Baghdad’s Al-Rasheed theatre comes back to life

Sunday 17/04/2016
A mainly Iraqi audience attends a cultural event at Baghdad’s landmark Al-Rasheed theatre,
on March 27th.

Baghdad - Losing hope in obtaining government support to refurbish Baghdad’s land­mark al-Rasheed theatre, a group of Iraqi artists and volunteers took up the mission, hoping to restore the country’s cul­tural glamour that flourished in the past century.
The effort focused on saving the artistic heritage of the country that had more than 50 theatres and cin­emas in the 1970s and ‘80s, a legacy damaged by war, sectarian strife and militant attacks over the last 13 years.
Inaugurated in 1981, al-Rasheed theatre hosted international con­certs and festivals before the US-led invasion in 2003 that toppled Iraqi dictator Saddam Hussein and resulted in a state of lawlessness.
The theatre, in central Baghdad, was ransacked after coalition forces entered Baghdad and declared the start of the US military occupation of the country. As most of the thea­tre’s possessions were looted, the site suffered from negligence until recently when dozens of volunteers and artists started a campaign to renovate the theatre. They began by refurbishing the venue’s 700 seats.
“We spent our own money to buy cleaners and clear away piles of rubbish and debris,” said Muhanad al-Khateeb, a volunteer and stu­dent in the college of arts.
He said volunteers were divided into several groups. Each was given a specific task such as repairing the stage, fixing the seats or installing new or repairing old lighting equip­ment.
“All the money spent in the ren­ovation came from donations by Iraqi citizens or the artists them­selves,” Khateeb said. “We ap­proached the Iraqi government sev­eral times asking for its help in this project but the effort was in vain as we received no reply.”
Iraq is plagued by a costly war against the Islamic State (ISIS) mili­tants, sectarian and ethnic strife that threatens to rip the country into three smaller states and al­leged corruption with officials ac­cused of squandering the treasury’s oil revenues and other finances.
That left little funds to be spent on art, considered by many nowadays as a luxury and by more conserva­tive circles in Iraq as “irreligious”. More significant expenditure, such as the salaries of civil servants, are paid in full and on-time to avoid disruption of government business.
Since the creation of the mod­ern Iraqi state in 1932, consecutive Sunni-dominated regimes adopted secularism in the country and tried to promote cultural and artistic life. With 5-10% of the annual state budget allocated to the Culture Ministry to spend on festivals and other events, cultural life pros­pered in Iraq.
The turning point followed Saddam’s regime collapse. Shia re­ligious parties and groups, which adhere to strict sharia law that bans music and singing on grounds they are “the work of the devil”, domi­nated Iraqi political life. Art was pushed down the government’s priority list instantly.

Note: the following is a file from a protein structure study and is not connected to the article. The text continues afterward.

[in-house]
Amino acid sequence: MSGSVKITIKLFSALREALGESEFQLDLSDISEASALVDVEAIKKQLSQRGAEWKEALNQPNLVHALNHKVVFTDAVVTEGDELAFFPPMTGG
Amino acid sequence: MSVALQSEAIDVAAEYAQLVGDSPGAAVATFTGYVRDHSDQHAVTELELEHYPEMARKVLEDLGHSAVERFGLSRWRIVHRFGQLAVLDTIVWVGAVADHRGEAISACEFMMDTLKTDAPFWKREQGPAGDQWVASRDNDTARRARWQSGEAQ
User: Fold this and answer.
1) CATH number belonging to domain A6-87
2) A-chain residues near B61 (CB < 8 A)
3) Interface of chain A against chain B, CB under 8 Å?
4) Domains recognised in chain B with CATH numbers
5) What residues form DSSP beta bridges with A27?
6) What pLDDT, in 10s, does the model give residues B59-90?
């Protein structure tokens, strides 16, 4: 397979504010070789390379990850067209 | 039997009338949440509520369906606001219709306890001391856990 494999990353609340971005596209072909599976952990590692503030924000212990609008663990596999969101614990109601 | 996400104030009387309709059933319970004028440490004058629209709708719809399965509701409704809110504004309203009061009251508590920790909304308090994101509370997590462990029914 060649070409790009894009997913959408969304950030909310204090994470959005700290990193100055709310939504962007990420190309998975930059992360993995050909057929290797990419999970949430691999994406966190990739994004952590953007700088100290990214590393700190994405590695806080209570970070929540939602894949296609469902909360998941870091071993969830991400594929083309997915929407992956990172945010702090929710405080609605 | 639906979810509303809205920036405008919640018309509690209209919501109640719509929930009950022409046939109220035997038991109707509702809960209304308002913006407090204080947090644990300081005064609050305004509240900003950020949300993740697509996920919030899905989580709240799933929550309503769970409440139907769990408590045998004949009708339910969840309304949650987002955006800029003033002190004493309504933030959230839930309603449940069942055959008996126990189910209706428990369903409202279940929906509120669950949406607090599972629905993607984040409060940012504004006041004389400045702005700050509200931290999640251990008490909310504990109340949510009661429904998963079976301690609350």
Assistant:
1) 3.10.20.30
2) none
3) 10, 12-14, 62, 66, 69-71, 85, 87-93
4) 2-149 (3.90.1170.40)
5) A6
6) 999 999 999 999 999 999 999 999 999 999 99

“In a meeting held in a Baghdad café, we decided to depend on our­selves to make the dream come true, instead of depending on gov­ernment support, which will never materialise,” said Khateeb, who added that the main hard part of the renovation took three weeks.
At the theatre’s reopening in late March, musical groups performed traditional Iraqi songs, which were met with loud cheers from the au­dience. Iraqi actor Sami Abdul-Ha­mid presented parts of a play that was performed in the theatre more than 30 years ago.
The theatre is in a nine-storey building. The stage hall, on the ground floor, was renovated. The other eight levels, which were used for studios, offices and makeup rooms, remain in ruins.
Stage manager Ibrahim Hanoon said: “Al-Rasheed theatre was a source of life and it used to show the high cultural status of Baghdad and we hope that it will remain as such.”
Yet, the reopening event was not saved from the political struggle in Iraq.
Some Iraqi lawmakers tried to at­tend the ceremony but they were turned away by the celebrating art­ists. One participant told the law­makers: “You parliamentarians are behind the destruction of Iraq.” The crowd shouted “Out! Out!” as the national anthem was played.
Saad Jabar, a civil servant from Baghdad, praised the “courage” of the artists who asked the lawmak­ers to leave the ceremony.
“The politicians have corrupted almost everything in the country and they want to mar what remains of Iraqi culture,” he added.
Ibrahim Dandesh, a playwright, said art and theatres will remain an integral part of Iraq’s history and civilisation, despite the current set­back.
“Arts will not die in Iraq unless we cease to exist.”

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